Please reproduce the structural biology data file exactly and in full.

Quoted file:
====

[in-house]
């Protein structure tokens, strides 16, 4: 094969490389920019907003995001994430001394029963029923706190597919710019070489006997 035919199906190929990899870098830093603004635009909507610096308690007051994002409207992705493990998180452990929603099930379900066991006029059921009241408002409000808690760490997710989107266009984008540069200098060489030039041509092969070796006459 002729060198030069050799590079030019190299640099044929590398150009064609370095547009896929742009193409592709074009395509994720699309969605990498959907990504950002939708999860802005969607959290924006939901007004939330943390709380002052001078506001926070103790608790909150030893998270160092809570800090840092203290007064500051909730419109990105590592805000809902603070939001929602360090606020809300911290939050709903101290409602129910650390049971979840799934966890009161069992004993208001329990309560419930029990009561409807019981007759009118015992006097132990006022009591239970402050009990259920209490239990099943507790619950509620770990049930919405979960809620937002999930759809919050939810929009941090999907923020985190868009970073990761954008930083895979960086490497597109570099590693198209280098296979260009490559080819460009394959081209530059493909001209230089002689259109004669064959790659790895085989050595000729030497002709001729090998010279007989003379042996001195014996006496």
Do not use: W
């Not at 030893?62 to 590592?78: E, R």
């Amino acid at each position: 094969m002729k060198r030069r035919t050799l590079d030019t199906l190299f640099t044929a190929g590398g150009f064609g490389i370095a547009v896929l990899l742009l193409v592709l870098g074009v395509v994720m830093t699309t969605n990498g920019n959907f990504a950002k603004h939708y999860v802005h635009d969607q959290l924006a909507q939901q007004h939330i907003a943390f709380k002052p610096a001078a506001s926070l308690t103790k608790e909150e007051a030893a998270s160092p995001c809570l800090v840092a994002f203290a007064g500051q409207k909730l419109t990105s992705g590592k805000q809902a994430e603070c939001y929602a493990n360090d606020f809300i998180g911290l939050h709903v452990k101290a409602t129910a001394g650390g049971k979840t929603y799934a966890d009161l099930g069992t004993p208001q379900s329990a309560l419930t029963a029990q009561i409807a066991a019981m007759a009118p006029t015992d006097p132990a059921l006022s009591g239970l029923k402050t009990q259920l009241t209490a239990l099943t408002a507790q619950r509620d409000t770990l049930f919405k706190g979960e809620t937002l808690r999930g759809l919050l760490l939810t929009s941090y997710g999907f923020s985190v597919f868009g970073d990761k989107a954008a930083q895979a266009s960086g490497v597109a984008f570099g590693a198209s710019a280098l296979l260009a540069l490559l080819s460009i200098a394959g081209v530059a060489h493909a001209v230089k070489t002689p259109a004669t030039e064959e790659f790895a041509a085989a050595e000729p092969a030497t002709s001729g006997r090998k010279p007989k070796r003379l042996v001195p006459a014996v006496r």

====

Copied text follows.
[in-house]
């Protein structure tokens, strides 16, 4: 094969490389920019907003995001994430001394029963029923706190597919710019070489006997 035919199906190929990899870098830093603004635009909507610096308690007051994002409207992705493990998180452990929603099930379900066991006029059921009241408002409000808690760490997710989107266009984008540069200098060489030039041509092969070796006459 002729060198030069050799590079030019190299640099044929590398150009064609370095547009896929742009193409592709074009395509994720699309969605990498959907990504950002939708999860802005969607959290924006939901007004939330943390709380002052001078506001926070103790608790909150030893998270160092809570800090840092203290007064500051909730419109990105590592805000809902603070939001929602360090606020809300911290939050709903101290409602129910650390049971979840799934966890009161069992004993208001329990309560419930029990009561409807019981007759009118015992006097132990006022009591239970402050009990259920209490239990099943507790619950509620770990049930919405979960809620937002999930759809919050939810929009941090999907923020985190868009970073990761954008930083895979960086490497597109570099590693198209280098296979260009490559080819460009394959081209530059493909001209230089002689259109004669064959790659790895085989050595000729030497002709001729090998010279007989003379042996001195014996006496």
Do not use: W
């Not at 030893?62 to 590592?78: E, R």
């Amino acid at each position: 094969m002729k060198r030069r035919t050799l590079d030019t199906l190299f640099t044929a190929g590398g150009f064609g490389i370095a547009v896929l990899l742009l193409v592709l870098g074009v395509v994720m830093t699309t969605n990498g920019n959907f990504a950002k603004h939708y999860v802005h635009d969607q959290l924006a909507q939901q007004h939330i907003a943390f709380k002052p610096a001078a506001s926070l308690t103790k608790e909150e007051a030893a998270s160092p995001c809570l800090v840092a994002f203290a007064g500051q409207k909730l419109t990105s992705g590592k805000q809902a994430e603070c939001y929602a493990n360090d606020f809300i998180g911290l939050h709903v452990k101290a409602t129910a001394g650390g049971k979840t929603y799934a966890d009161l099930g069992t004993p208001q379900s329990a309560l419930t029963a029990q009561i409807a066991a019981m007759a009118p006029t015992d006097p132990a059921l006022s009591g239970l029923k402050t009990q259920l009241t209490a239990l099943t408002a507790q619950r509620d409000t770990l049930f919405k706190g979960e809620t937002l808690r999930g759809l919050l760490l939810t929009s941090y997710g999907f923020s985190v597919f868009g970073d990761k989107a954008a930083q895979a266009s960086g490497v597109a984008f570099g590693a198209s710019a280098l296979l260009a540069l490559l080819s460009i200098a394959g081209v530059a060489h493909a001209v230089k070489t002689p259109a004669t030039e064959e790659f790895a041509a085989a050595e000729p092969a030497t002709s001729g006997r090998k010279p007989k070796r003379l042996v001195p006459a014996v006496r």